Themes and Characters

The Three Musketeers focuses on d’Artagnan, who is the hero of the book, and his three friends: the musketeers Athos, Porthos, and Aramis. D’Artagnan’s great ambition in life is to become a musketeer, a member of the elite group of King Louis XIII’s personal bodyguards. His three friends embody the best qualities of the corps. A rivalry that exists between the king’s musketeers and Cardinal Richelieu’s guards grows into the musketeers’ active resistance to the cardinal himself, and to his servants.

Athos, Porthos, and Aramis appear to have little in common. Athos obviously belongs to the nobility. Silence, melancholy, and an aversion to women are his distinguishing attributes. He is a brilliant, honorable, virtuous man who hides a mysterious secret in his past. Porthos is his opposite: loud, coarse, vain, and ostentatious, his gifts lie in his enormous size and strength. He constantly boasts of his prowess with beautiful and highly placed women, but here, as with other aspects of his life, he exaggerates his good fortune. Aramis is handsome, charming, and elegant. His extreme discretion about his affairs makes him a mysterious figure. Although Aramis professes a vocation for the priesthood and seems pious, d’Artagnan discovers that he is the lover of one of the most highly placed ladies of the court and is involved in various intrigues. All three of the musketeers are spirited and gallant adventurers who share the traits of bravery and loyalty; they are united by their courage and a sense of common purpose.

D’Artagnan himself is a worthy companion of such men. Exceptionally proud and intelligent, he comes to Paris as a young man to earn his fortune. He brings with him no resources except his wits and his skill with a sword. He is both courageous and passionate, but these qualities are equally balanced by prudence. He is neither as well born nor as morally scrupulous as Athos; he is not as well bred as Aramis but admires the latter’s elegance and manners. D’Artagnan’s own cleverness exceeds that of Aramis, with whom he shares a talent for intrigue. D’Artagnan’s poverty sharpens his pride so that he possesses a vanity almost equal to that of Porthos. He also has a healthy amount of ambition and some greed mixed into his character. But above all d’Artagnan has the energy, passion, and enthusiasm of youth, traits that make him a likable character despite his faults.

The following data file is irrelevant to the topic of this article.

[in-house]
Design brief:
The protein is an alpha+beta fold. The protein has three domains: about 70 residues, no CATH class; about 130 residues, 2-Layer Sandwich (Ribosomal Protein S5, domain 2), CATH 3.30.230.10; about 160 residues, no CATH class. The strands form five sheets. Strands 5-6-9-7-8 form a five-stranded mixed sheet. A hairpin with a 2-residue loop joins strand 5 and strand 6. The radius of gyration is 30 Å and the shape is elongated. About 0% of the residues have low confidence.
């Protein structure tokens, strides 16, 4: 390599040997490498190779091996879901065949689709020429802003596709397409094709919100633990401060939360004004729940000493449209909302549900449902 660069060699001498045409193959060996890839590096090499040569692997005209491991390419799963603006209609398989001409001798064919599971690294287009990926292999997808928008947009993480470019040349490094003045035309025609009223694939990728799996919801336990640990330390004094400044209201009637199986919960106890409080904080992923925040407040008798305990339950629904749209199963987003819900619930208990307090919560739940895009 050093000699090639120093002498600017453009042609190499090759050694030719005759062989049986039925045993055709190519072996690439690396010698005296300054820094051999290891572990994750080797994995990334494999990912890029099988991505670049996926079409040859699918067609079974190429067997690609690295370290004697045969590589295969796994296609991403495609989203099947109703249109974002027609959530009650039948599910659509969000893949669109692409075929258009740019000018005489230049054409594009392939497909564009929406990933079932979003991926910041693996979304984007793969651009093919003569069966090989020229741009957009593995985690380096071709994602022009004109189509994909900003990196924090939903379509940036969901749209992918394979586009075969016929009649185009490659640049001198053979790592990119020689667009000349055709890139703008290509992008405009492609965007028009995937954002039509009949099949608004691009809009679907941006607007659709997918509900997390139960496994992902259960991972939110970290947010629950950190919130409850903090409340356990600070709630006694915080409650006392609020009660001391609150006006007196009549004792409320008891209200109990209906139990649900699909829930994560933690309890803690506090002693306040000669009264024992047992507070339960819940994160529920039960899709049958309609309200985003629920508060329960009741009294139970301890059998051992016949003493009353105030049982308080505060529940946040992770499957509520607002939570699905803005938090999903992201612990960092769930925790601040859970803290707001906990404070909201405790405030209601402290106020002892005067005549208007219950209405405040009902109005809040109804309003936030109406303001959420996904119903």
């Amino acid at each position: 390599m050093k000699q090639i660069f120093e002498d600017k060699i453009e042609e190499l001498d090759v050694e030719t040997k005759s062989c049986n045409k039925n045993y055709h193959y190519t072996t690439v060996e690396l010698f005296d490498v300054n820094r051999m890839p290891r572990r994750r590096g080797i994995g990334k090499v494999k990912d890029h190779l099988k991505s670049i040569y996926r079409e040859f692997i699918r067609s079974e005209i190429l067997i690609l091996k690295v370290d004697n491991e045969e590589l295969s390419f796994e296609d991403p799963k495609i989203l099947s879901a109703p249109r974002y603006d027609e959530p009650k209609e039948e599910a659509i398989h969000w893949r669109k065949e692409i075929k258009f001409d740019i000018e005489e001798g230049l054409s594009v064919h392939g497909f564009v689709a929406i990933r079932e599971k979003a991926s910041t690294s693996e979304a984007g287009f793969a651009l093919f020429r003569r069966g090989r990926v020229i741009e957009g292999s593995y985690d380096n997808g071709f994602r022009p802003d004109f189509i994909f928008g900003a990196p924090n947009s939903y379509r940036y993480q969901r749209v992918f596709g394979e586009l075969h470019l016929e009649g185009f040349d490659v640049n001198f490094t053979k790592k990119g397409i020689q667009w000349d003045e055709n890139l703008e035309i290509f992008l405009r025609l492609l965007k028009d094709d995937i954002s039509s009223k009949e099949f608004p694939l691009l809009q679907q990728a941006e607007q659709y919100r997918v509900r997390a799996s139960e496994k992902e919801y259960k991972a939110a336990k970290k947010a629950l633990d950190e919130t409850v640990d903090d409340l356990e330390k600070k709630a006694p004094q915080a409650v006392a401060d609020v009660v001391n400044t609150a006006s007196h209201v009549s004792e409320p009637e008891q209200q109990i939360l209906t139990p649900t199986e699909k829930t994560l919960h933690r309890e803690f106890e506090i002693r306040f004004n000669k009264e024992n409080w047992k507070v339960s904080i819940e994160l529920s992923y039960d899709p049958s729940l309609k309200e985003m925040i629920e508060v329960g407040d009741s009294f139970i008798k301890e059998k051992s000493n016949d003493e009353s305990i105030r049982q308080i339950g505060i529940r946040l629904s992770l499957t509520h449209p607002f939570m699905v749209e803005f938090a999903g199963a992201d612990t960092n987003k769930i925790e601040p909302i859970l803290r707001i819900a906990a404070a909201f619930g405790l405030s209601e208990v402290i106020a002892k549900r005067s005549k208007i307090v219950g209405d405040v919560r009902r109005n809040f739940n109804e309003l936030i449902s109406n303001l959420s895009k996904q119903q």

The novel focuses on two political factions in France: one headed by the king and the other by the cardinal. The musketeers serve their captain, Monsieur de Treville, a perfect gentleman and courtier to King Louis XIII. Dumas depicts Louis as a weak and unintelligent ruler. Cardinal Richelieu’s character is the exact opposite: he is shrewd and forceful, a penetrating judge of character. The power of the government really rests with him, and he possesses a vision of France’s role and destiny. He commands both the respect and the hatred of the musketeers. Although not an evil man, Richelieu accomplishes his aims and rules efficiently by employing methods not quite in keeping with his position as a cardinal of the Catholic church. The musketeers’ mortal enemies are two of the cardinal’s favorite servants and spies: the Count de Rochefort and Milady de Winter.

Rochefort appears sporadically throughout the novel, but the truly evil person is Milady, who uses her beauty as a tool to seduce and destroy men and women. From the first moment d’Artagnan sees her at the beginning of the novel she fascinates him, and his fate becomes inextricably bound to hers.

Milady’s deeds become progressively more villainous. She steals the diamond studs from the Duke of Buckingham, forcing the musketeers to journey to England to save the queen’s reputation. She is responsible for the abduction of Constance Bonacieux, d’Artagnan’s mistress. She is revealed as Athos’s former wife, who ruined him when he discovered that she had been branded as a thief. She tries twice to murder d’Artagnan, and she seduces a young man and persuades him to assassinate the Duke of Buckingham. As her final crime, she poisons Constance Bonacieux. There is no doubt that she deserves her ultimate fate, although her trial by the musketeers and subsequent execution pose serious Questions about the musketeers’ ethical conduct.

The Characters and actions of the musketeers express the overall Themes of the book: the idealism of youth, the growth of maturity, the importance of loyalty and friendship, and the need for bravery in the struggle of good against evil. This struggle is summed up in the contrast between the two rivals for d’Artagnan’s affections: the treacherous Milady and the good Constance Bonacieux.

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